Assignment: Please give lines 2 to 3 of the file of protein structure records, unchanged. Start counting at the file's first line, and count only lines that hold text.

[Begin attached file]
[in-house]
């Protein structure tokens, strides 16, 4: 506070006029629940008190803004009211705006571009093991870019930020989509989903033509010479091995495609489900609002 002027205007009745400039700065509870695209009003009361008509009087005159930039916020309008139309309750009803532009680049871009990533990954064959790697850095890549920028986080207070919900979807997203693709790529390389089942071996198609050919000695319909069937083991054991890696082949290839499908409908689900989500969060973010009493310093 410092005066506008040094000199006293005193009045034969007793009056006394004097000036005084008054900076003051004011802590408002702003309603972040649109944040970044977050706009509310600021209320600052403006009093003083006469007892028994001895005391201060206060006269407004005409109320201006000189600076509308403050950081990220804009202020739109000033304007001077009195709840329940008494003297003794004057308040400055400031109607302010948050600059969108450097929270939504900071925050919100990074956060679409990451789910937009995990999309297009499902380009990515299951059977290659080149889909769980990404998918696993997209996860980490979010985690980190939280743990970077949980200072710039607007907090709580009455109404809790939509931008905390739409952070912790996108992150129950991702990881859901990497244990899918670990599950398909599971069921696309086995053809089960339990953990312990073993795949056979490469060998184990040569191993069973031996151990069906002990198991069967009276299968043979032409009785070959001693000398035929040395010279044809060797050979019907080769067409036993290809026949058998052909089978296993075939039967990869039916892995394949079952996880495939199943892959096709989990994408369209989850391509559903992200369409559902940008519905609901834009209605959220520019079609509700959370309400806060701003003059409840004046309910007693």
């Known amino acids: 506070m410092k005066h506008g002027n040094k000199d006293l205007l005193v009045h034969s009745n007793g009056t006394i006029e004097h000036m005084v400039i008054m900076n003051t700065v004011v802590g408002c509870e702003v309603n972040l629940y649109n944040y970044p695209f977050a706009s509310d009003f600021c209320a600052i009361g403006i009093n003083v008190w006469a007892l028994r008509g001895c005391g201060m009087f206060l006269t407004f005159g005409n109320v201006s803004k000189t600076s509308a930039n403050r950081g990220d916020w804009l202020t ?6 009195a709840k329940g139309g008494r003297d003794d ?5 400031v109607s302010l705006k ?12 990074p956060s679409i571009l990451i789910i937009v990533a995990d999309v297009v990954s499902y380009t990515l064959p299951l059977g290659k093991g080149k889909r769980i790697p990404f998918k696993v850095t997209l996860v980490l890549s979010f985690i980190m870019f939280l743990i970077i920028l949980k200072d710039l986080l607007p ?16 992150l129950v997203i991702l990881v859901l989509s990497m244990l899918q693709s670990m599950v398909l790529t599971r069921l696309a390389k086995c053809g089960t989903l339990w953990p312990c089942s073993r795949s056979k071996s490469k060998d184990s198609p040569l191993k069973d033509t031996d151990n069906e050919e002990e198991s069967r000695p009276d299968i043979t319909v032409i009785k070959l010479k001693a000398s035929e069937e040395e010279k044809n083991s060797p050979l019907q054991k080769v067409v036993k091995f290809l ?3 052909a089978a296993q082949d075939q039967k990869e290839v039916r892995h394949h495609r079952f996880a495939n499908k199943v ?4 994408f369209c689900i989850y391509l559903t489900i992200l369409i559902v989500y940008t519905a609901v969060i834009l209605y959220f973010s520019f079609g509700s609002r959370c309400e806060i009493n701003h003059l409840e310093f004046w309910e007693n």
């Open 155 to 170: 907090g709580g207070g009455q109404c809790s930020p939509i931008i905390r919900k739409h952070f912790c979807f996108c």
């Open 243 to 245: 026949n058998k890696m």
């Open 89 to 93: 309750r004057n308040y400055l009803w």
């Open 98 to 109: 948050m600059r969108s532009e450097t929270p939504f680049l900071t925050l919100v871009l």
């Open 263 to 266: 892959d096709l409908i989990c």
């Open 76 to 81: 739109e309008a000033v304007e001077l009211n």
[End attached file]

């Protein structure tokens, strides 16, 4: 506070006029629940008190803004009211705006571009093991870019930020989509989903033509010479091995495609489900609002 002027205007009745400039700065509870695209009003009361008509009087005159930039916020309008139309309750009803532009680049871009990533990954064959790697850095890549920028986080207070919900979807997203693709790529390389089942071996198609050919000695319909069937083991054991890696082949290839499908409908689900989500969060973010009493310093 410092005066506008040094000199006293005193009045034969007793009056006394004097000036005084008054900076003051004011802590408002702003309603972040649109944040970044977050706009509310600021209320600052403006009093003083006469007892028994001895005391201060206060006269407004005409109320201006000189600076509308403050950081990220804009202020739109000033304007001077009195709840329940008494003297003794004057308040400055400031109607302010948050600059969108450097929270939504900071925050919100990074956060679409990451789910937009995990999309297009499902380009990515299951059977290659080149889909769980990404998918696993997209996860980490979010985690980190939280743990970077949980200072710039607007907090709580009455109404809790939509931008905390739409952070912790996108992150129950991702990881859901990497244990899918670990599950398909599971069921696309086995053809089960339990953990312990073993795949056979490469060998184990040569191993069973031996151990069906002990198991069967009276299968043979032409009785070959001693000398035929040395010279044809060797050979019907080769067409036993290809026949058998052909089978296993075939039967990869039916892995394949079952996880495939199943892959096709989990994408369209989850391509559903992200369409559902940008519905609901834009209605959220520019079609509700959370309400806060701003003059409840004046309910007693």
């Known amino acids: 506070m410092k005066h506008g002027n040094k000199d006293l205007l005193v009045h034969s009745n007793g009056t006394i006029e004097h000036m005084v400039i008054m900076n003051t700065v004011v802590g408002c509870e702003v309603n972040l629940y649109n944040y970044p695209f977050a706009s509310d009003f600021c209320a600052i009361g403006i009093n003083v008190w006469a007892l028994r008509g001895c005391g201060m009087f206060l006269t407004f005159g005409n109320v201006s803004k000189t600076s509308a930039n403050r950081g990220d916020w804009l202020t ?6 009195a709840k329940g139309g008494r003297d003794d ?5 400031v109607s302010l705006k ?12 990074p956060s679409i571009l990451i789910i937009v990533a995990d999309v297009v990954s499902y380009t990515l064959p299951l059977g290659k093991g080149k889909r769980i790697p990404f998918k696993v850095t997209l996860v980490l890549s979010f985690i980190m870019f939280l743990i970077i920028l949980k200072d710039l986080l607007p ?16 992150l129950v997203i991702l990881v859901l989509s990497m244990l899918q693709s670990m599950v398909l790529t599971r069921l696309a390389k086995c053809g089960t989903l339990w953990p312990c089942s073993r795949s056979k071996s490469k060998d184990s198609p040569l191993k069973d033509t031996d151990n069906e050919e002990e198991s069967r000695p009276d299968i043979t319909v032409i009785k070959l010479k001693a000398s035929e069937e040395e010279k044809n083991s060797p050979l019907q054991k080769v067409v036993k091995f290809l ?3 052909a089978a296993q082949d075939q039967k990869e290839v039916r892995h394949h495609r079952f996880a495939n499908k199943v ?4 994408f369209c689900i989850y391509l559903t489900i992200l369409i559902v989500y940008t519905a609901v969060i834009l209605y959220f973010s520019f079609g509700s609002r959370c309400e806060i009493n701003h003059l409840e310093f004046w309910e007693n």